State sues Boardman home improvement company - News weather sports for Youngstown-Warren Ohio

State sues Boardman home improvement company

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Ohio Attorney General Mike DeWine has filed a consumer protection lawsuit against Energy Wise Home Improvements, a Boardman Township company that has generated more than 180 complaints since mid-October.

The lawsuit accuses the company of violating Ohio’s Consumer Sales Practices Act by failing to deliver promised services, performing substandard work, and failing to honor warranties.

“Complaints about Energy Wise have been pouring into my office, and we’re taking this action to hold the company accountable,” Attorney General DeWine said. “We believe the evidence will show that Energy Wise failed to live up to its obligations to consumers and violated state consumer protection laws.”

Energy Wise had a principal place of business at 5164 Youngstown-Poland Road, but it closed abruptly in October.

Consumers from the Mahoning Valley and other parts of northeast Ohio and western Pennsylvania filed complaints about the company.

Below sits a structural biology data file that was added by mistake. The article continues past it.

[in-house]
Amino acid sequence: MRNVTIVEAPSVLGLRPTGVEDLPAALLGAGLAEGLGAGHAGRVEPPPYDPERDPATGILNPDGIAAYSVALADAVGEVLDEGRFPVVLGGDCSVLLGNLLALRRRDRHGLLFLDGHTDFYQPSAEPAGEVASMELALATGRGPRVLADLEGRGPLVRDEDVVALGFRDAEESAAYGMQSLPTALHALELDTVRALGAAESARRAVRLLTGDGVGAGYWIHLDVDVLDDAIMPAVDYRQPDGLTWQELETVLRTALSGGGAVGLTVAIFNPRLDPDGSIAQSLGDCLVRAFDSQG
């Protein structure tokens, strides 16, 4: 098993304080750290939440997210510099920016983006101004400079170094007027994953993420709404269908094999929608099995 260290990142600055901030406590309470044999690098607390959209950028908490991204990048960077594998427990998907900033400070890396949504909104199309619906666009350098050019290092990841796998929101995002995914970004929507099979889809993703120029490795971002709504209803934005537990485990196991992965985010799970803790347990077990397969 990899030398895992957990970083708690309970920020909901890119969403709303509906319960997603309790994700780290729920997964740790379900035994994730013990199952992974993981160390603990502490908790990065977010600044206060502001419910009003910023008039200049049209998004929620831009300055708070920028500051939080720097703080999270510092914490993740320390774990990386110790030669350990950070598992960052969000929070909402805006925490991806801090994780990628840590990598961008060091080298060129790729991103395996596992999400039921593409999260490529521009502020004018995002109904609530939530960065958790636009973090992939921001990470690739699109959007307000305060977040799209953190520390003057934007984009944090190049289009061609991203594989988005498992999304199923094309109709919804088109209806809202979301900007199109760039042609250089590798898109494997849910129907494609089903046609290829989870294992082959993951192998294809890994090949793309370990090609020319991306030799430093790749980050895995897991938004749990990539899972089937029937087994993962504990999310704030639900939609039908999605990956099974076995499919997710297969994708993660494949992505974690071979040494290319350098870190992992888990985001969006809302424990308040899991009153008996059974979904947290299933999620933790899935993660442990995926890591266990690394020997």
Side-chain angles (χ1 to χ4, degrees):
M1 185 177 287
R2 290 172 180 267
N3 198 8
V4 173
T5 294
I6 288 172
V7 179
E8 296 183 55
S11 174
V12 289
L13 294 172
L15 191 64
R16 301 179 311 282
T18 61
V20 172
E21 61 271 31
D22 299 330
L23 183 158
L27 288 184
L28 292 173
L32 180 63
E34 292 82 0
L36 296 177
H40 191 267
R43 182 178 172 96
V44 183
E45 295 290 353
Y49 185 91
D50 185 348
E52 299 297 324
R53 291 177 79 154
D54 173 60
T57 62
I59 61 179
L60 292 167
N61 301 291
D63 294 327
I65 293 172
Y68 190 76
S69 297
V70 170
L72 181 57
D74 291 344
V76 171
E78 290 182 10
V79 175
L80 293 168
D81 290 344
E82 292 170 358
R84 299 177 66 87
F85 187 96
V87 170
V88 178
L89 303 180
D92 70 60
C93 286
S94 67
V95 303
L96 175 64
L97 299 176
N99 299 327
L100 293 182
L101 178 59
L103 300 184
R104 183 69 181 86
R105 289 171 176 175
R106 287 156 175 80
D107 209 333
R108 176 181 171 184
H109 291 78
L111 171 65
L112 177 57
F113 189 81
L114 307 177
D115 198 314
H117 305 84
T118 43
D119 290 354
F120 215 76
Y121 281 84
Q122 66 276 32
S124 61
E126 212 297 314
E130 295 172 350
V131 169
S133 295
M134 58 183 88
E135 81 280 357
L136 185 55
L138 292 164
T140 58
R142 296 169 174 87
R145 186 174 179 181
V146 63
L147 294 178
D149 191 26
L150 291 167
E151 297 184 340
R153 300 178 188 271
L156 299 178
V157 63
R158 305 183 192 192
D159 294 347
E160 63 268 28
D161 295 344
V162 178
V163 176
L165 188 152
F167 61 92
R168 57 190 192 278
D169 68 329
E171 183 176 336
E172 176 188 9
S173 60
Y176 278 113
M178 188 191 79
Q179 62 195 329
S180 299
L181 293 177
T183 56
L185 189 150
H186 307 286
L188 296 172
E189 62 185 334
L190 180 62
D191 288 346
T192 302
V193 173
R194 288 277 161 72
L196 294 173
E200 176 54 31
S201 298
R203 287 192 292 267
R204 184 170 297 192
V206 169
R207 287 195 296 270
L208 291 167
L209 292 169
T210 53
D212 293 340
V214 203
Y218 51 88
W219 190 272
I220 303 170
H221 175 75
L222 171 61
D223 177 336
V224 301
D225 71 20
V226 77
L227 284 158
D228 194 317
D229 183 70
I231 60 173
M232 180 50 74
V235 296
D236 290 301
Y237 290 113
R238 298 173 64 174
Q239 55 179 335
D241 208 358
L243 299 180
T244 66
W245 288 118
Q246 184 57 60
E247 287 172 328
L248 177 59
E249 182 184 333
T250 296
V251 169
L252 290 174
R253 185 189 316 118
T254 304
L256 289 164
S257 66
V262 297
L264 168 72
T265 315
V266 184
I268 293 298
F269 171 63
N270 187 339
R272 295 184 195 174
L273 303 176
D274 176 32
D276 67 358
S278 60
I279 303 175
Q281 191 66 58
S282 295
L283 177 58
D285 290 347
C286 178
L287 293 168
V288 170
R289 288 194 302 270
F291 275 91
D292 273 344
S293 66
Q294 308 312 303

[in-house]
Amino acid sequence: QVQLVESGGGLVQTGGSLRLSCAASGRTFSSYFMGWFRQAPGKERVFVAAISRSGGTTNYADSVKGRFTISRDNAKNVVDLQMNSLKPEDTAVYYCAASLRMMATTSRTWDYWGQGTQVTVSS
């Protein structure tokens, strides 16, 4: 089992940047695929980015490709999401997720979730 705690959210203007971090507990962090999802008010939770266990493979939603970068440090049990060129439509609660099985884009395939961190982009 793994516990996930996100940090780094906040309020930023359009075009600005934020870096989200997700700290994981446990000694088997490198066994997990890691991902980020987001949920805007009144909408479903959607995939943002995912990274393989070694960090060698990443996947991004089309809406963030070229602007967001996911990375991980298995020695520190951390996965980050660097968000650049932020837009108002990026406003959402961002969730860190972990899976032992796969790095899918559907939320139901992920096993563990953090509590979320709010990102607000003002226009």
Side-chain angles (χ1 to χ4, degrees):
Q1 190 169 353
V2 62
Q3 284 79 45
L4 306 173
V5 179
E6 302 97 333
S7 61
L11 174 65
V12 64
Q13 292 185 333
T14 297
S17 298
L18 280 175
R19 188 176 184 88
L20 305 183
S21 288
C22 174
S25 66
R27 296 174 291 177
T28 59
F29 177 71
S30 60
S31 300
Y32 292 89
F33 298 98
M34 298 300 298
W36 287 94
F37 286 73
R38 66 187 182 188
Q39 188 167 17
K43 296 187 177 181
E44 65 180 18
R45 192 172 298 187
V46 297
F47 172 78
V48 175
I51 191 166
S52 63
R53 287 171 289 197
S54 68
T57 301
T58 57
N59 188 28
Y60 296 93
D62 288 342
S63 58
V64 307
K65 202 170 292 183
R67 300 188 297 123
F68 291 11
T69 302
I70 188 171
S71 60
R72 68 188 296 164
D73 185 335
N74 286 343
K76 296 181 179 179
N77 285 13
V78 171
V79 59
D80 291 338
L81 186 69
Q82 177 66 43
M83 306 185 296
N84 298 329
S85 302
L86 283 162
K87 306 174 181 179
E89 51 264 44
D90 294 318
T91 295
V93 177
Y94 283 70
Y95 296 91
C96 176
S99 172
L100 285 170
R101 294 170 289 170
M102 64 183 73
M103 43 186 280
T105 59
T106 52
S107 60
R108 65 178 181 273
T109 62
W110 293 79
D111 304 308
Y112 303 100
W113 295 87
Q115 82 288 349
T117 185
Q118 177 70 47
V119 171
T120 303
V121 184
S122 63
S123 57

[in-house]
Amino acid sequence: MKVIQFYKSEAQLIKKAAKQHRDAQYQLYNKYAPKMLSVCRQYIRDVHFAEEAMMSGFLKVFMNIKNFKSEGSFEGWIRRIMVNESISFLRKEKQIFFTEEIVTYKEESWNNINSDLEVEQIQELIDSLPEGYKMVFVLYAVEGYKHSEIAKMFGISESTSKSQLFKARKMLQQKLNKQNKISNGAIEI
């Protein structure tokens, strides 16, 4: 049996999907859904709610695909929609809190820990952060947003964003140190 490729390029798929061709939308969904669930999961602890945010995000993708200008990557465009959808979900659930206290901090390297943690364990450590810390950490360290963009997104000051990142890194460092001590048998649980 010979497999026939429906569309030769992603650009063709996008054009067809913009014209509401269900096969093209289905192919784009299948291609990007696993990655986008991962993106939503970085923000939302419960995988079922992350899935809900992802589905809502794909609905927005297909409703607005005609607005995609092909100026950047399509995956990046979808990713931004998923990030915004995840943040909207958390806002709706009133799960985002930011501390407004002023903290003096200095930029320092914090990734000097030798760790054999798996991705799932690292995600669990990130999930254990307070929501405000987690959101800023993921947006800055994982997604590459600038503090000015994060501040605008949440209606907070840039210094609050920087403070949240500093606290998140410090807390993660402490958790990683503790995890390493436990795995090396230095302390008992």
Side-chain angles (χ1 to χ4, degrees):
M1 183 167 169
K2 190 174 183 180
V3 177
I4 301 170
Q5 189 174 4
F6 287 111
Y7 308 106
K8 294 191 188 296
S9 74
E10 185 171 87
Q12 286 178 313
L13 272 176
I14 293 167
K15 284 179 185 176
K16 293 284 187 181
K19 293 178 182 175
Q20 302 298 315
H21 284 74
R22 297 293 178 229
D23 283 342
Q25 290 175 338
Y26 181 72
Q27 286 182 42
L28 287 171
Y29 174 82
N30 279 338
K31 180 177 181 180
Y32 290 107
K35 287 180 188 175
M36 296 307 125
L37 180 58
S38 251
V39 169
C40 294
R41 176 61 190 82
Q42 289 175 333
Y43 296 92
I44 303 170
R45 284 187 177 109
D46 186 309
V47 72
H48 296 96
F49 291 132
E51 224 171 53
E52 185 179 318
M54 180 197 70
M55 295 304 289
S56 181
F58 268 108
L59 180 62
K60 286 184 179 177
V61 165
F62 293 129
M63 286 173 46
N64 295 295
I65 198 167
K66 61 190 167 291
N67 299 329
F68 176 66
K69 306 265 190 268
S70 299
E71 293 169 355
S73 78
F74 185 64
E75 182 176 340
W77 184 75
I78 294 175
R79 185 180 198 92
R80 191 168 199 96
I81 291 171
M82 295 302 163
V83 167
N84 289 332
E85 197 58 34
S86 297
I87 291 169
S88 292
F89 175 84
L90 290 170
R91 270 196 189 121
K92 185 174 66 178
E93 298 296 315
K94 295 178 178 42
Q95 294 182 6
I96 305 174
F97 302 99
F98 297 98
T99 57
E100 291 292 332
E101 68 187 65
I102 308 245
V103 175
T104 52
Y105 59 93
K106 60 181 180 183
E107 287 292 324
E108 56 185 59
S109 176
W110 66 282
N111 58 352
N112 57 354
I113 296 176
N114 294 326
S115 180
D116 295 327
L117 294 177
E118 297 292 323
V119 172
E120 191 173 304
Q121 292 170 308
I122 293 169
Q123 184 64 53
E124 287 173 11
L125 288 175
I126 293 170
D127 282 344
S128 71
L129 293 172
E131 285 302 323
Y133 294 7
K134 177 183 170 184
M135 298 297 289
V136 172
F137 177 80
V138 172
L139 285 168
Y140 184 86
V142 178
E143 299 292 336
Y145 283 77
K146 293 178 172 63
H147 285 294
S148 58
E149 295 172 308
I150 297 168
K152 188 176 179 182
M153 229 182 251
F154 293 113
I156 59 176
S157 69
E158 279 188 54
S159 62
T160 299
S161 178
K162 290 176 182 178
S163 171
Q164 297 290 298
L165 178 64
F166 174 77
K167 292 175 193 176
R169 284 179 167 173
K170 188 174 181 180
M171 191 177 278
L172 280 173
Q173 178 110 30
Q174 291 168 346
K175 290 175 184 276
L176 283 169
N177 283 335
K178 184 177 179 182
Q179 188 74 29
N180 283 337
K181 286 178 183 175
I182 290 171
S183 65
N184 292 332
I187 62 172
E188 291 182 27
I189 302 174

In their complaints, many consumers said they had signed contracts with Energy Wise a few weeks or months earlier and had received no work. One 78-year-old woman said she paid the company more than $40,000 to have a deck and sunroom installed in October, but shortly before the work was scheduled to begin, the company sent a letter saying it was forced to close, and she never received a refund. In other cases, consumers said the work they received was shoddy and that Energy Wise failed to address the problems despite the company’s “lifetime service warranty.”

The Attorney General’s lawsuit, filed in the Mahoning County Court of Common Pleas, seeks an injunction to stop any further violations of Ohio consumer protection laws and an order requiring the company to reimburse affected consumers.

In addition to the company itself, Energy Wise operators Anthony J. Porrazzo Jr. and Scott T. Cross also are named as defendants in the lawsuit.

21 News tried to contact Porazzo and Cross for comment. Cross did not return our calls. Porazzo told us to reach out to his attorney, who did not return our call for comment.

The Attorney General's office says in cases like this if the lawsuit is successful, the company would be responsible to repay customers. However, if the company files bankruptcy, a bankruptcy court would determine what money is dispersed and who does or does not get paid.

Affected consumers who have not yet filed a complaint with the Ohio Attorney General’s Office may do so at or by calling 800-282-0515.

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